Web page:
The human attention span has been never been so low. A study conducted by Microsoft in 2015 suggests that the average human has an 8-seconds attention span. The number has shrunk over the years due to our digital connectedness.
Staying on task can be difficult, but it can be particularly challenging when you are surrounded by constant distractions. In today’s always-connected world, diversions are nothing more than a click away.
Even during quiet moments, distraction is literally at your fingertips as you find yourself checking your Instagram notifications or the latest news updates.
The ability to concentrate on something in your environment and direct mental effort toward it is critical for learning new things, achieving goals, and performing well across a wide variety of situations.
Whether you are trying to finish a report at work or competing in a marathon, your ability to focus can mean the difference between success and failure.
There are plenty of things that you can do to boost your focus. But, here are some 7 proven ways to develop razor-sharp focus.
#1: Turn Off Notifications
One of the easiest ways to regain control over your focus is to turn the notifications from email, instant messaging, and other apps off.
Notifications and alerts are made to pull your attention away from what you are doing so you grab your phone again.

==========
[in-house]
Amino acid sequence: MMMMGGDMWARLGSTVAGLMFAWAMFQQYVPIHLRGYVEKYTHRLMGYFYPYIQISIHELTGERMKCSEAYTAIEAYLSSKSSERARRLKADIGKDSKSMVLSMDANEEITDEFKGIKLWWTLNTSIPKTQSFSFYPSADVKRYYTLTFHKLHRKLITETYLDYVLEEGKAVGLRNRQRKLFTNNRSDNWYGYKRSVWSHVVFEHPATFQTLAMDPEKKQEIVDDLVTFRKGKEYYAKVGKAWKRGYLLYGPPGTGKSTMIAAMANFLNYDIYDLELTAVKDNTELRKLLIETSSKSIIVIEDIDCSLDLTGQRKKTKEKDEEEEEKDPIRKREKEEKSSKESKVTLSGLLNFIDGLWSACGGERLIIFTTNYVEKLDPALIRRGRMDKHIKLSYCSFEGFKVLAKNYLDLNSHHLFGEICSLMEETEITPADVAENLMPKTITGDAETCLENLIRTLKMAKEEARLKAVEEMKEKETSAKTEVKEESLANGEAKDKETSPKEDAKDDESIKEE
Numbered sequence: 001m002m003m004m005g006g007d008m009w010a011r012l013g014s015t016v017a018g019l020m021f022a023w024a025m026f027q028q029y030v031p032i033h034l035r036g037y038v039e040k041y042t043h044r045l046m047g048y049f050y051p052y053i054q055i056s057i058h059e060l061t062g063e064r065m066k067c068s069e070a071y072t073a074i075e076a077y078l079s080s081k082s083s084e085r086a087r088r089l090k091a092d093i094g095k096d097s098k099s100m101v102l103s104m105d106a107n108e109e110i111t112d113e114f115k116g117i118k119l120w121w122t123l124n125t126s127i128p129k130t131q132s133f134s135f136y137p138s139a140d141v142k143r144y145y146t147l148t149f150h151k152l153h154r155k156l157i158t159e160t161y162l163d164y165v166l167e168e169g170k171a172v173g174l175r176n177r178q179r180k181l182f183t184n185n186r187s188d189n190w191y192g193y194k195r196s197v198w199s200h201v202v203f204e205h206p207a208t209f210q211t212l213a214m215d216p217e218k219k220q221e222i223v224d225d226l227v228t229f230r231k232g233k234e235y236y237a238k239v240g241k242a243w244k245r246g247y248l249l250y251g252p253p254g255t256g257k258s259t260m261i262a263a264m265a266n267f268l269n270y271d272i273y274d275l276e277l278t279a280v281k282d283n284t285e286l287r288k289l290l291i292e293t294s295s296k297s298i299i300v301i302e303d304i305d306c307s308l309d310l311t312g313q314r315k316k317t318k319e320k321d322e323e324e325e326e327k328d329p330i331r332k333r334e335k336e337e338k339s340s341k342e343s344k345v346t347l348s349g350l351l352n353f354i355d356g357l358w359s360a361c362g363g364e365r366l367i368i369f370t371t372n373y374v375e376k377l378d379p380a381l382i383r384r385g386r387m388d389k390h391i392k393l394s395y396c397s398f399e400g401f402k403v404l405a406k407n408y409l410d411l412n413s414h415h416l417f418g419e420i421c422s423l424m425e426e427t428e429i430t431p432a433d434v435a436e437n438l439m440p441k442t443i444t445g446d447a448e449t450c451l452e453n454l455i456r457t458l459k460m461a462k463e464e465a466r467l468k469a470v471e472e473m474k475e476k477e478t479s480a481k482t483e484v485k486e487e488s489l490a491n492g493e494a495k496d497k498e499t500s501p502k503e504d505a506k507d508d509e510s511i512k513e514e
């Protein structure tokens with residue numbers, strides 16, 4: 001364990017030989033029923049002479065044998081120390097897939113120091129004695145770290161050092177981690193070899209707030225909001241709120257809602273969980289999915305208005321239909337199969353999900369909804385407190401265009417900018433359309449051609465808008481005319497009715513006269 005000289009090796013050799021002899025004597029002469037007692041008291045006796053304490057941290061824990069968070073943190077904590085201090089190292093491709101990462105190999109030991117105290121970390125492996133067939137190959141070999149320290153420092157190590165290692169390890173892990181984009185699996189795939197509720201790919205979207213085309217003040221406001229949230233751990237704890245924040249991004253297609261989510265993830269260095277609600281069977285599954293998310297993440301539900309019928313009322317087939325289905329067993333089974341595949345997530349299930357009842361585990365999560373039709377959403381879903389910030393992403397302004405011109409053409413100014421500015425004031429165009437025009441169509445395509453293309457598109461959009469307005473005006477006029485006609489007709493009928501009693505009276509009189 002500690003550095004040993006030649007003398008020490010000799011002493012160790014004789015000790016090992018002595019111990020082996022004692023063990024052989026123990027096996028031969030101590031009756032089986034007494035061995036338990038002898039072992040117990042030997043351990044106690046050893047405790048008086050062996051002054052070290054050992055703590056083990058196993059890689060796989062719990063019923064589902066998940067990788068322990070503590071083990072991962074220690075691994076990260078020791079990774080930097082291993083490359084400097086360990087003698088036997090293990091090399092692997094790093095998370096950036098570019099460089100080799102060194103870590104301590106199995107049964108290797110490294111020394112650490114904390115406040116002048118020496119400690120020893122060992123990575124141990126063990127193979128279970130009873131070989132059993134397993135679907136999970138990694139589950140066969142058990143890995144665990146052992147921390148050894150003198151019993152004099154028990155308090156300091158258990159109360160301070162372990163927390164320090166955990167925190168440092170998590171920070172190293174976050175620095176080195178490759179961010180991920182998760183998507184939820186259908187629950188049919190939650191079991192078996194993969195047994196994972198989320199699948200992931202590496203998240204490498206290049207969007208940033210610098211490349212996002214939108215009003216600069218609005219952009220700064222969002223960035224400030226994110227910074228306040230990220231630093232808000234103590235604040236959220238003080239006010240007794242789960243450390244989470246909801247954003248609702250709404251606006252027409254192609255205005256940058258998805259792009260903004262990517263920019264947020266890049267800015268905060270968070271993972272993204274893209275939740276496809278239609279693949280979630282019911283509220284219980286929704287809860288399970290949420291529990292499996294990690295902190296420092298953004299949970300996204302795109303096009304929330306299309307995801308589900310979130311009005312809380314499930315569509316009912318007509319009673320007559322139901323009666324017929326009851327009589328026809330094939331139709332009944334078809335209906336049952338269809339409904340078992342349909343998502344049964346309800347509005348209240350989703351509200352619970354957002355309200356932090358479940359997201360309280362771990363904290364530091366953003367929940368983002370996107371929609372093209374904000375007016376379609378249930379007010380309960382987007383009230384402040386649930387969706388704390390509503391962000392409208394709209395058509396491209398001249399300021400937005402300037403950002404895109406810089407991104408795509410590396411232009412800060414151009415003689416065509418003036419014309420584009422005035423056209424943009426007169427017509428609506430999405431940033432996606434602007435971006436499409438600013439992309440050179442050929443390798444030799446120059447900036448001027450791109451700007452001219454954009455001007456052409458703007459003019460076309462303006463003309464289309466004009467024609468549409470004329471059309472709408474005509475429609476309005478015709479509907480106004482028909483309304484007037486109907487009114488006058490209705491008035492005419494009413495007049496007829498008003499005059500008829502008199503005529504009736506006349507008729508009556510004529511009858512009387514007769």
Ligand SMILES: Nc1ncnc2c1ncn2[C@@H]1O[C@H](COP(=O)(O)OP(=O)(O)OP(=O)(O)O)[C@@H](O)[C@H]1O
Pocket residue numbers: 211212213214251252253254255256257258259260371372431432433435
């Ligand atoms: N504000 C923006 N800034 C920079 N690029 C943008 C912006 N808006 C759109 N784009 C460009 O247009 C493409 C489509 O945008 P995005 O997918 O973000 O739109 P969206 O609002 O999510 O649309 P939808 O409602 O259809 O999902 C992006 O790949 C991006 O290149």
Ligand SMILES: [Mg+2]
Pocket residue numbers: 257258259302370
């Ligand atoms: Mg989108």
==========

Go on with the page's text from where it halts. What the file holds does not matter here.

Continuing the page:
Remember, notifications only have one purpose: to suck you into an app so you spend more of your time and attention there, equalling higher profit for the company behind the app.
By allowing notifications, you let other people or companies (Facebook, YouTube, Google) disrupt you whenever they please.
Look, smartphones aren’t the problem. It’s all the buzzing and dinging, endlessly calling for your attention.
Whether they are notifications or other people bugging you, find a way to turn it off. You can’t expect your brain to focus if Ram is constantly messaging you.
#2: Don’t Multi-task
Multi-tasking might seem like a great way to get a lot of things done at once. In reality, multitasking is a myth.
Research shows that human brains are not nearly as good as at handling multiple tasks as we like to think they are. In fact, some researches also suggest that multitasking can actually reduce productivity by as little as 40%.